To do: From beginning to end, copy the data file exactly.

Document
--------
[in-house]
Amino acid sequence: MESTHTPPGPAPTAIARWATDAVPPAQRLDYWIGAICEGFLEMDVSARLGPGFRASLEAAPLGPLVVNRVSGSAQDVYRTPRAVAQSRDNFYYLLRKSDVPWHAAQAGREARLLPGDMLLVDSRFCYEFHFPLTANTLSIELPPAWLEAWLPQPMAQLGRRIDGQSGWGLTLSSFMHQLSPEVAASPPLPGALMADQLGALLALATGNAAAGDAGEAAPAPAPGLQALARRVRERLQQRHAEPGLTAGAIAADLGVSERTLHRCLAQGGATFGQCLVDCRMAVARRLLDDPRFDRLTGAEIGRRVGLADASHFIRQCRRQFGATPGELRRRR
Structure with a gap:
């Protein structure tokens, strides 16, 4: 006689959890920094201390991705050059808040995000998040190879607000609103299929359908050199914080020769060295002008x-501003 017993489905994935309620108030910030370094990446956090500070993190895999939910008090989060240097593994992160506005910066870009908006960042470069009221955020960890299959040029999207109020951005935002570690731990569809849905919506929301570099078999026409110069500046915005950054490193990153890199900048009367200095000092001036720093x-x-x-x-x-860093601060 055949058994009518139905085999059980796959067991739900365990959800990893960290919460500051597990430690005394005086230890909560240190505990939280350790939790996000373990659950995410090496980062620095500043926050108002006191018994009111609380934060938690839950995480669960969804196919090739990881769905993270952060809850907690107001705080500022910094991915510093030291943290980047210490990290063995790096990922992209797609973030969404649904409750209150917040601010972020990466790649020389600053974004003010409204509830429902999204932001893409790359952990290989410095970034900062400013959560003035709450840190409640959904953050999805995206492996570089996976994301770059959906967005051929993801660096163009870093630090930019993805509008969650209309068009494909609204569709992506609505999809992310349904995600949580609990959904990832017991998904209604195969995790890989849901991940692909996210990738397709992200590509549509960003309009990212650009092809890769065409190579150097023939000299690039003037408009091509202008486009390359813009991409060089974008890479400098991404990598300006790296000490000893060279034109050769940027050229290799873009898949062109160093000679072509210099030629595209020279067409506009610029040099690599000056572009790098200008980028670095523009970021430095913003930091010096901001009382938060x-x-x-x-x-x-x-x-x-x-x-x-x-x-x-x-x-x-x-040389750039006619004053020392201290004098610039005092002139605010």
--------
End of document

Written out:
[in-house]
Amino acid sequence: MESTHTPPGPAPTAIARWATDAVPPAQRLDYWIGAICEGFLEMDVSARLGPGFRASLEAAPLGPLVVNRVSGSAQDVYRTPRAVAQSRDNFYYLLRKSDVPWHAAQAGREARLLPGDMLLVDSRFCYEFHFPLTANTLSIELPPAWLEAWLPQPMAQLGRRIDGQSGWGLTLSSFMHQLSPEVAASPPLPGALMADQLGALLALATGNAAAGDAGEAAPAPAPGLQALARRVRERLQQRHAEPGLTAGAIAADLGVSERTLHRCLAQGGATFGQCLVDCRMAVARRLLDDPRFDRLTGAEIGRRVGLADASHFIRQCRRQFGATPGELRRRR
Structure with a gap:
């Protein structure tokens, strides 16, 4: 006689959890920094201390991705050059808040995000998040190879607000609103299929359908050199914080020769060295002008x-501003 017993489905994935309620108030910030370094990446956090500070993190895999939910008090989060240097593994992160506005910066870009908006960042470069009221955020960890299959040029999207109020951005935002570690731990569809849905919506929301570099078999026409110069500046915005950054490193990153890199900048009367200095000092001036720093x-x-x-x-x-860093601060 055949058994009518139905085999059980796959067991739900365990959800990893960290919460500051597990430690005394005086230890909560240190505990939280350790939790996000373990659950995410090496980062620095500043926050108002006191018994009111609380934060938690839950995480669960969804196919090739990881769905993270952060809850907690107001705080500022910094991915510093030291943290980047210490990290063995790096990922992209797609973030969404649904409750209150917040601010972020990466790649020389600053974004003010409204509830429902999204932001893409790359952990290989410095970034900062400013959560003035709450840190409640959904953050999805995206492996570089996976994301770059959906967005051929993801660096163009870093630090930019993805509008969650209309068009494909609204569709992506609505999809992310349904995600949580609990959904990832017991998904209604195969995790890989849901991940692909996210990738397709992200590509549509960003309009990212650009092809890769065409190579150097023939000299690039003037408009091509202008486009390359813009991409060089974008890479400098991404990598300006790296000490000893060279034109050769940027050229290799873009898949062109160093000679072509210099030629595209020279067409506009610029040099690599000056572009790098200008980028670095523009970021430095913003930091010096901001009382938060x-x-x-x-x-x-x-x-x-x-x-x-x-x-x-x-x-x-x-040389750039006619004053020392201290004098610039005092002139605010």